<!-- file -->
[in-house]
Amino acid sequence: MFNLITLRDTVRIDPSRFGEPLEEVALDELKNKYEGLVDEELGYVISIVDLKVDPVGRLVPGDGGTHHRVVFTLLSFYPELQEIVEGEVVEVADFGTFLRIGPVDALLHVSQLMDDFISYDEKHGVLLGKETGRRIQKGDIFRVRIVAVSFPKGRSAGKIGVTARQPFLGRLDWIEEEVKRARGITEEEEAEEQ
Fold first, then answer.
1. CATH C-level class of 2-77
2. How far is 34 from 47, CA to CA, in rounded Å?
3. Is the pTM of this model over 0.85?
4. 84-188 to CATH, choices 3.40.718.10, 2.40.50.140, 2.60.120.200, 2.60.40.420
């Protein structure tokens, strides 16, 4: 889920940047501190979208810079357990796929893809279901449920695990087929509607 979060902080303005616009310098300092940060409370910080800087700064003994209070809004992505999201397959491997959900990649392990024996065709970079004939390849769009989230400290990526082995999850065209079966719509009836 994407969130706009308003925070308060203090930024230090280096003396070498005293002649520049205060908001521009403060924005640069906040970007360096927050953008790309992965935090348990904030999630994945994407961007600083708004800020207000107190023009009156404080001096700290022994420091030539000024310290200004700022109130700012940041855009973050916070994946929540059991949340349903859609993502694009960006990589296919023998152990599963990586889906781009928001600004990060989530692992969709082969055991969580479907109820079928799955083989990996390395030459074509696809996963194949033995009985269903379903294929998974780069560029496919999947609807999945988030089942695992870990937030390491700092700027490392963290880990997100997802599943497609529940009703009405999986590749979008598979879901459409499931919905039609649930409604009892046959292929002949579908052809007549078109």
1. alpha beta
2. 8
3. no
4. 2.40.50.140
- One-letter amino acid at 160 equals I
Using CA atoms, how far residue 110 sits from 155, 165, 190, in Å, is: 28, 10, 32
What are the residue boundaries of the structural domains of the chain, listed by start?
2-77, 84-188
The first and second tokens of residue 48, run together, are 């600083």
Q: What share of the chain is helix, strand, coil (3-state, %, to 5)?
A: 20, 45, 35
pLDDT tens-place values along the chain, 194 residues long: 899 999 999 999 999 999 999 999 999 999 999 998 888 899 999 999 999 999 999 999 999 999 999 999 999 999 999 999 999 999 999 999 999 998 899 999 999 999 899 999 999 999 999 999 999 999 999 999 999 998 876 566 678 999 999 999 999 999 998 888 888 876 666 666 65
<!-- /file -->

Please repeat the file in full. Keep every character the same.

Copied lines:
[in-house]
Amino acid sequence: MFNLITLRDTVRIDPSRFGEPLEEVALDELKNKYEGLVDEELGYVISIVDLKVDPVGRLVPGDGGTHHRVVFTLLSFYPELQEIVEGEVVEVADFGTFLRIGPVDALLHVSQLMDDFISYDEKHGVLLGKETGRRIQKGDIFRVRIVAVSFPKGRSAGKIGVTARQPFLGRLDWIEEEVKRARGITEEEEAEEQ
Fold first, then answer.
1. CATH C-level class of 2-77
2. How far is 34 from 47, CA to CA, in rounded Å?
3. Is the pTM of this model over 0.85?
4. 84-188 to CATH, choices 3.40.718.10, 2.40.50.140, 2.60.120.200, 2.60.40.420
């Protein structure tokens, strides 16, 4: 889920940047501190979208810079357990796929893809279901449920695990087929509607 979060902080303005616009310098300092940060409370910080800087700064003994209070809004992505999201397959491997959900990649392990024996065709970079004939390849769009989230400290990526082995999850065209079966719509009836 994407969130706009308003925070308060203090930024230090280096003396070498005293002649520049205060908001521009403060924005640069906040970007360096927050953008790309992965935090348990904030999630994945994407961007600083708004800020207000107190023009009156404080001096700290022994420091030539000024310290200004700022109130700012940041855009973050916070994946929540059991949340349903859609993502694009960006990589296919023998152990599963990586889906781009928001600004990060989530692992969709082969055991969580479907109820079928799955083989990996390395030459074509696809996963194949033995009985269903379903294929998974780069560029496919999947609807999945988030089942695992870990937030390491700092700027490392963290880990997100997802599943497609529940009703009405999986590749979008598979879901459409499931919905039609649930409604009892046959292929002949579908052809007549078109």
1. alpha beta
2. 8
3. no
4. 2.40.50.140
- One-letter amino acid at 160 equals I
Using CA atoms, how far residue 110 sits from 155, 165, 190, in Å, is: 28, 10, 32
What are the residue boundaries of the structural domains of the chain, listed by start?
2-77, 84-188
The first and second tokens of residue 48, run together, are 């600083």
Q: What share of the chain is helix, strand, coil (3-state, %, to 5)?
A: 20, 45, 35
pLDDT tens-place values along the chain, 194 residues long: 899 999 999 999 999 999 999 999 999 999 999 998 888 899 999 999 999 999 999 999 999 999 999 999 999 999 999 999 999 999 999 999 999 998 899 999 999 999 899 999 999 999 999 999 999 999 999 999 999 998 876 566 678 999 999 999 999 999 998 888 888 876 666 666 65